December 8, 2022

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Wall Street rises amid data, RBA move raises hopes of Fed easing

Wall Street rises amid data, RBA move raises hopes of Fed easing
  • Twitter jumps on Musk news to resume acquisition at $54.20/share
  • Rivian gains from reaffirming the fiscal year delivery view; raise peers
  • US job opportunities post biggest 2.5-year drop in August
  • Indexes up: Dow 2.35%, Standard & Poor’s 2.61%, Nasdaq 2.93%

(Reuters) – Wall Street surged for a second day in a row on Tuesday after weak US economic data lowered Treasury yields and the Reserve Bank of Australia raised interest rates less than expected, providing hope that the Federal Reserve will soon ease its aggressive rate increases. .

While demand for labor remains fairly strong, US job opportunities fell by the most in nearly two and a half years in August in another sign that the Fed may ease its mission to tame inflation by tightening policy. Read more

Earlier, the Reserve Bank of Australia surprised the markets by raising the interest rate by 25 basis points less than expected. The cash rate rose to a nine-year high after six interest rate increases in several months, following similar moves by other central banks. Read more

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Anthony Saglimpin, chief market analyst at Ameriprise Financial in Troy, Michigan, said the Reserve Bank of Australia is the first major central bank to realize it’s time to slow down after aggressively raising interest rates this year.

“There is hope that the Fed will say the same sometime in the fourth quarter. It doesn’t stop raising interest rates, but just slows the pace,” he said. “This is the kind of market that rushes under the surface.”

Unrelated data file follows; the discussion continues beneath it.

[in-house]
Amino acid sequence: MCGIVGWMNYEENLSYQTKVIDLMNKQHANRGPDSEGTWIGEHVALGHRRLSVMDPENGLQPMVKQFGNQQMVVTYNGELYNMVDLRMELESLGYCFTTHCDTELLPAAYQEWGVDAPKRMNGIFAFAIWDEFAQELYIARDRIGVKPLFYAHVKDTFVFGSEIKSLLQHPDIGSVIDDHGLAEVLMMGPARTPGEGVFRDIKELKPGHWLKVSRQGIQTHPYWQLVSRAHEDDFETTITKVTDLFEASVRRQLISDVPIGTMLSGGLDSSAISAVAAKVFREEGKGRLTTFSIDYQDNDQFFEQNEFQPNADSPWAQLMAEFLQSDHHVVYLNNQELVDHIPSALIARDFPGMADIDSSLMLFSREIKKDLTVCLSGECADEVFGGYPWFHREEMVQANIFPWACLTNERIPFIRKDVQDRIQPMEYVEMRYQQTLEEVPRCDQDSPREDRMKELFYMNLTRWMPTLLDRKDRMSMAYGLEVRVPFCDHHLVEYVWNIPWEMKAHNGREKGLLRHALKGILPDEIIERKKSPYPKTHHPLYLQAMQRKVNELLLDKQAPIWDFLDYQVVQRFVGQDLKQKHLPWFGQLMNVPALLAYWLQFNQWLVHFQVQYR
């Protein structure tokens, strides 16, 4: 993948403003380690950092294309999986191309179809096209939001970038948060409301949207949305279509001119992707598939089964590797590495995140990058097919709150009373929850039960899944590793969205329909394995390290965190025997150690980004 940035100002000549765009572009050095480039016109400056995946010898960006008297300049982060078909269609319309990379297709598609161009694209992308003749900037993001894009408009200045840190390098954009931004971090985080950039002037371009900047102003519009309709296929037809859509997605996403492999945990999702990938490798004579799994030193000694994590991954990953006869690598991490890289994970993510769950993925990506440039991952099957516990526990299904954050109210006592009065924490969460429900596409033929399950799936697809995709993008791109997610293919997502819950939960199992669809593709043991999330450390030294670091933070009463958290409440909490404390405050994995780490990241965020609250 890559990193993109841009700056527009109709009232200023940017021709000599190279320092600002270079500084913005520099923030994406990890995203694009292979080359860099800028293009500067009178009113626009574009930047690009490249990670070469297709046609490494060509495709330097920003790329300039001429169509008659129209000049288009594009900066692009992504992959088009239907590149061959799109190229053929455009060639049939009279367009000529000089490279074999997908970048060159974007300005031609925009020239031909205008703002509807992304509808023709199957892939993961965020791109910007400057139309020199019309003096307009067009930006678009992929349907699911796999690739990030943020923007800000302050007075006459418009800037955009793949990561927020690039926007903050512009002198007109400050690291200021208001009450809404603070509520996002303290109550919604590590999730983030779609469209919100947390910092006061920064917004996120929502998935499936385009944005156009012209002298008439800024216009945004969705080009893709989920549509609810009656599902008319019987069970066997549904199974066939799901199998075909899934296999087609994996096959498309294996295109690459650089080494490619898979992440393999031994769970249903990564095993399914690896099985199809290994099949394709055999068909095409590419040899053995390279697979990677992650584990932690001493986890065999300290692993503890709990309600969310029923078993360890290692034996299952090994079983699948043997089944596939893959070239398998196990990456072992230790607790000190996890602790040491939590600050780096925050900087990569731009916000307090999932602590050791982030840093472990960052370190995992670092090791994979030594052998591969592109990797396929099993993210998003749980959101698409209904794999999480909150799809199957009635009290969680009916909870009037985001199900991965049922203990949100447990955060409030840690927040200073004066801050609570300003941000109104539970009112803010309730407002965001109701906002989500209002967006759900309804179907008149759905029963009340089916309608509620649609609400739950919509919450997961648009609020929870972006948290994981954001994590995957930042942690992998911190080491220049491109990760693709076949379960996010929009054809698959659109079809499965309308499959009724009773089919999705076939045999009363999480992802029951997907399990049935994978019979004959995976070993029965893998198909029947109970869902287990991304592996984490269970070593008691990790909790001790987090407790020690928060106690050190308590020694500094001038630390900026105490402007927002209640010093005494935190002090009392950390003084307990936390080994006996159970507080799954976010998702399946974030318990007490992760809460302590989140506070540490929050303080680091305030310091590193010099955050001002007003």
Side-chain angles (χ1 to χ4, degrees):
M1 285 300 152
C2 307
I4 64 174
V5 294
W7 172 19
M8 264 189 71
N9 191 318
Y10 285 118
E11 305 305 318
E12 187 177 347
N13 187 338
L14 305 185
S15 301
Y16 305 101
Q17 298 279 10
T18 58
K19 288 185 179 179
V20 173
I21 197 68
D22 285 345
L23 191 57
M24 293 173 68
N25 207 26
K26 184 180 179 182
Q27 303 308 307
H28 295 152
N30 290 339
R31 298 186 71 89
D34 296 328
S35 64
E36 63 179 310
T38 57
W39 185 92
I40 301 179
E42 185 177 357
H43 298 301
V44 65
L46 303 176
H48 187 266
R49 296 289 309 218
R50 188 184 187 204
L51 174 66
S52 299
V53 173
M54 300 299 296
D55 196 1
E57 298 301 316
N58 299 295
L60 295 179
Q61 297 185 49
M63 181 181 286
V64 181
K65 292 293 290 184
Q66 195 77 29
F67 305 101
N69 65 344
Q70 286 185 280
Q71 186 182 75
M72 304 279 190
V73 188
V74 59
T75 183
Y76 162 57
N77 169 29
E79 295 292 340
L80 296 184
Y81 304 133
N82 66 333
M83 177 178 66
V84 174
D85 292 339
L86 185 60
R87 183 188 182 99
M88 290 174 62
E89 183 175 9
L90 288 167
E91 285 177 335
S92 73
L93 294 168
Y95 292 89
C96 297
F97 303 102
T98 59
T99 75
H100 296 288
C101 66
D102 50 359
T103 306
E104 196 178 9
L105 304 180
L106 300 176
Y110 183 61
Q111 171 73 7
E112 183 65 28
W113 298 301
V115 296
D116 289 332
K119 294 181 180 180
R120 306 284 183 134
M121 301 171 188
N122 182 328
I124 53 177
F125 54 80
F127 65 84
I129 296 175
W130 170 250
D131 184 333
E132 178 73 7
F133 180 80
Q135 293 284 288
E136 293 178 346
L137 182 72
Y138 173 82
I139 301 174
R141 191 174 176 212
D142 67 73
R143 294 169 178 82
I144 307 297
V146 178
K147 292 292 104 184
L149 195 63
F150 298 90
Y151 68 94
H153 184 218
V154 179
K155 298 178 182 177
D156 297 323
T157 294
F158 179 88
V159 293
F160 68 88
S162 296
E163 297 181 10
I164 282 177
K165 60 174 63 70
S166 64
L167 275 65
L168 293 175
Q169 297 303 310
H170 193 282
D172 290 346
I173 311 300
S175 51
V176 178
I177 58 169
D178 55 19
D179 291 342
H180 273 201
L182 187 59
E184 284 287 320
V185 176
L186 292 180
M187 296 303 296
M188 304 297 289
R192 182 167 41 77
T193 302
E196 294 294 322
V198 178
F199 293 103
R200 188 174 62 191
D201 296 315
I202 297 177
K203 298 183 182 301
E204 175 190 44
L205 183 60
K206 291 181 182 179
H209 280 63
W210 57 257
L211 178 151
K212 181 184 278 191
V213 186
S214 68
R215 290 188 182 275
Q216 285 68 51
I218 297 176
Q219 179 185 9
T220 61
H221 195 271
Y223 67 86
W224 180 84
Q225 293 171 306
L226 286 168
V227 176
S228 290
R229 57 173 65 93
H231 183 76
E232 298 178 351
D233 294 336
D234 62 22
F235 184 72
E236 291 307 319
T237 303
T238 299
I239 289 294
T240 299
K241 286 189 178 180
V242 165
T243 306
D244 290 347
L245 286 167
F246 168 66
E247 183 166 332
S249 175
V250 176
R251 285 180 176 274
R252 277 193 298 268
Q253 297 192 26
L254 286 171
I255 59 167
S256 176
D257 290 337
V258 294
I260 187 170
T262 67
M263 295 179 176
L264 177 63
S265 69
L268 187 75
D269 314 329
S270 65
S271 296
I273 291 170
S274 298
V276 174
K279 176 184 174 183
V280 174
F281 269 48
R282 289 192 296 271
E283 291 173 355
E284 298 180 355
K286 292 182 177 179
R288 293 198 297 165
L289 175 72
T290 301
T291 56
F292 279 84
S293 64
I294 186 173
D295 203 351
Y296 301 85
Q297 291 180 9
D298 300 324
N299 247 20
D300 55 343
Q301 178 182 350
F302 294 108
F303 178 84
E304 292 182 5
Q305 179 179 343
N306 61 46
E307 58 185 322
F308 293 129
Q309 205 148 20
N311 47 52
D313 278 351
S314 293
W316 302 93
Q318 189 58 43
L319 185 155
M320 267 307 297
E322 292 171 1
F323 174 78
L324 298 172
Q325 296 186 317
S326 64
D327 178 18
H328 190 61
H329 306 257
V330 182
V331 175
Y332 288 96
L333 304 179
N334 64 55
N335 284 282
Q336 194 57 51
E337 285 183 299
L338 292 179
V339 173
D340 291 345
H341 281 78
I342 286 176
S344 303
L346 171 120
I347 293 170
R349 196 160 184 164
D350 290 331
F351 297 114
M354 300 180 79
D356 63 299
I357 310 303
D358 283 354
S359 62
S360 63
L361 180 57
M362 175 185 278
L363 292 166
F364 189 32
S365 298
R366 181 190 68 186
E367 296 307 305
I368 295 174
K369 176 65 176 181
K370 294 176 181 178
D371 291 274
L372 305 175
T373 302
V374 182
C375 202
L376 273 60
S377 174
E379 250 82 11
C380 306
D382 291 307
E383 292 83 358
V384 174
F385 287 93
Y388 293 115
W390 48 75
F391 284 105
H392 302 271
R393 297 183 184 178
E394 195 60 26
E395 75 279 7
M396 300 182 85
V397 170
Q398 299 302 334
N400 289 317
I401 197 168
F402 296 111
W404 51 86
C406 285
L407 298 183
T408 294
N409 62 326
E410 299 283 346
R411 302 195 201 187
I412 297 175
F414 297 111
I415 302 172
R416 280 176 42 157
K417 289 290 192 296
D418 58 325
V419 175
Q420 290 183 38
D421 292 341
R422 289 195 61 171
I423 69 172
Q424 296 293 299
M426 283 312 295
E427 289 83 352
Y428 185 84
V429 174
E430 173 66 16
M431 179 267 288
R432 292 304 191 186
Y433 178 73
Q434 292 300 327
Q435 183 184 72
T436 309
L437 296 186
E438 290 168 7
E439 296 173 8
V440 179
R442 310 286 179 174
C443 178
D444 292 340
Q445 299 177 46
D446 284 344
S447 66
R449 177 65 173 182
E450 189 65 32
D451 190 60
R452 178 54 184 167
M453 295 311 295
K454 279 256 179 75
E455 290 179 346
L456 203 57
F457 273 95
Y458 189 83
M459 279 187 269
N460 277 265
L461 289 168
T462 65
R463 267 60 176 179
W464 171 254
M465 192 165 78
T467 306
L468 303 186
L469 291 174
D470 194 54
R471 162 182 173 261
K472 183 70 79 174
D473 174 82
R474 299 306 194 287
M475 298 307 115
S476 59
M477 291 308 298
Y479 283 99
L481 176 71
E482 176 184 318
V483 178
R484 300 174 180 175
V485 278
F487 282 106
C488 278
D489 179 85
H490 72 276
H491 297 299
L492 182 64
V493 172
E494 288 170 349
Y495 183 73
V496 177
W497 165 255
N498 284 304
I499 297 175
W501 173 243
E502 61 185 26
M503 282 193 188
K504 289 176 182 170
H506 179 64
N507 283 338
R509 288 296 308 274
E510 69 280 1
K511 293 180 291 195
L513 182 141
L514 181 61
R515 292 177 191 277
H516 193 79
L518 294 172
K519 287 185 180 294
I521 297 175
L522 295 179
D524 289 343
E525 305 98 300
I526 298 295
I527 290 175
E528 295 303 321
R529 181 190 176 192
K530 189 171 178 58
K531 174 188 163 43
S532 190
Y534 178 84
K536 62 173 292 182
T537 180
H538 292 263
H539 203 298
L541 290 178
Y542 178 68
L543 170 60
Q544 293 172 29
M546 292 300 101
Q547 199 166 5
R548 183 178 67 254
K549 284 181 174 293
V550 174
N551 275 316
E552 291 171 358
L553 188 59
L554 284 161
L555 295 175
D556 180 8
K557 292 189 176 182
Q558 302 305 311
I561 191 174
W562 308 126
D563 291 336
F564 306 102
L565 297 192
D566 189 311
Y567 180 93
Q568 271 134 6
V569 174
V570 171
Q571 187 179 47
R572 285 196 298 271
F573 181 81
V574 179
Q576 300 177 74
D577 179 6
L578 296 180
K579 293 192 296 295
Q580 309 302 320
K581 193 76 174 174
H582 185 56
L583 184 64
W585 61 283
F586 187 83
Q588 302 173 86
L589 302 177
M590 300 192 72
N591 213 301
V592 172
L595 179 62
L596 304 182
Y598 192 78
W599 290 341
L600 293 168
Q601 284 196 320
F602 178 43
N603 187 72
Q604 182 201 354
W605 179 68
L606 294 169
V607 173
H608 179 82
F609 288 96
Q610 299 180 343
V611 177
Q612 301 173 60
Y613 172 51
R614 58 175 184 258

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However, Fed Governor Philip Jefferson said inflation is the most serious problem facing the US central bank and “it may take some time” to address it. Mary Daly, president of the Federal Reserve Bank of San Francisco, said the central bank needs to raise interest rates further. Read more Read more

Interest rate-sensitive technology stocks rose as yields on the benchmark 10-year Treasury fell for a second day after jobs data and the surprise move by the Reserve Bank of Australia. Valuations for technology and other growth stocks are related to the cost of capital.

If gains are made, the Nasdaq Composite Index (nineteenth) It is set to post its best one-day performance since July 27, while the Dow Jones Industrial Average (.DJI) and S&P 500 (.SPX) They were about to record their biggest two-day rally since April 2020.

Billionaire Elon Musk has proposed going ahead with his original $54.20 bid to acquire Twitter Inc. (TWTR.N) The social media company’s stock rose 12.67%, two sources familiar with the matter said on Tuesday. Tesla shares were up about 6% before the news and immediately pared their gains, up about 2.25% on the day. Read more

Giant titans led the way with Inc (AMZN.O) Up 4.36% and Microsoft (MSFT.O) Up 2.90%. Apple company (AAPL.O) It rose 1.90% while Alphabet Inc (GOOGL.O) 2.62%.

At 2:30 p.m. ET, the Dow Jones Industrial Average (.DJI) It rose 667.54 points or 2.26% to 30,158.43 points, the Standard & Poor’s 500 (.SPX) It rose 92.64 points, or 2.52%, to 3,771.07 points, and the Nasdaq Composite (nineteenth) It added 306.59 points, or 2.83%, to 11,122.03 points.

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Banks such as Citigroup, Morgan Stanley and Goldman Sachs rose nearly 5%, boosting the Banks Index. (.SPXBK) by 4%.

The rally was broad-based, with less than ten of the S&P 500 index trading in negative territory.

Stocks Rebound Monday After the S&P 500 Index (.SPX) The lowest shutdown in nearly two years last week capped the worst monthly performance in September since March 2020.

Rivian Automotive Company (Rivno) It jumped 13.4% after the electric vehicle maker said it produced 7,363 units in the third quarter, up 67% from the previous quarter, and maintained its full-year target of 25,000. Read more

The S&P 500 hit a new 52-week high and a new low. The Nasdaq recorded 45 new highs and 56 new lows.

(This story has been corrected to say the Reserve Bank of Australia raised rates rather than lowered them in the first paragraph.)

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Additional reporting by Medha Singh, Ankika Biswas and Bansari Mayor Kamdar in Bengaluru; Editing by Anil de Silva, Aaron Coeur, Sriraj Kalovila and Richard Chang

Our criteria: Thomson Reuters Trust Principles.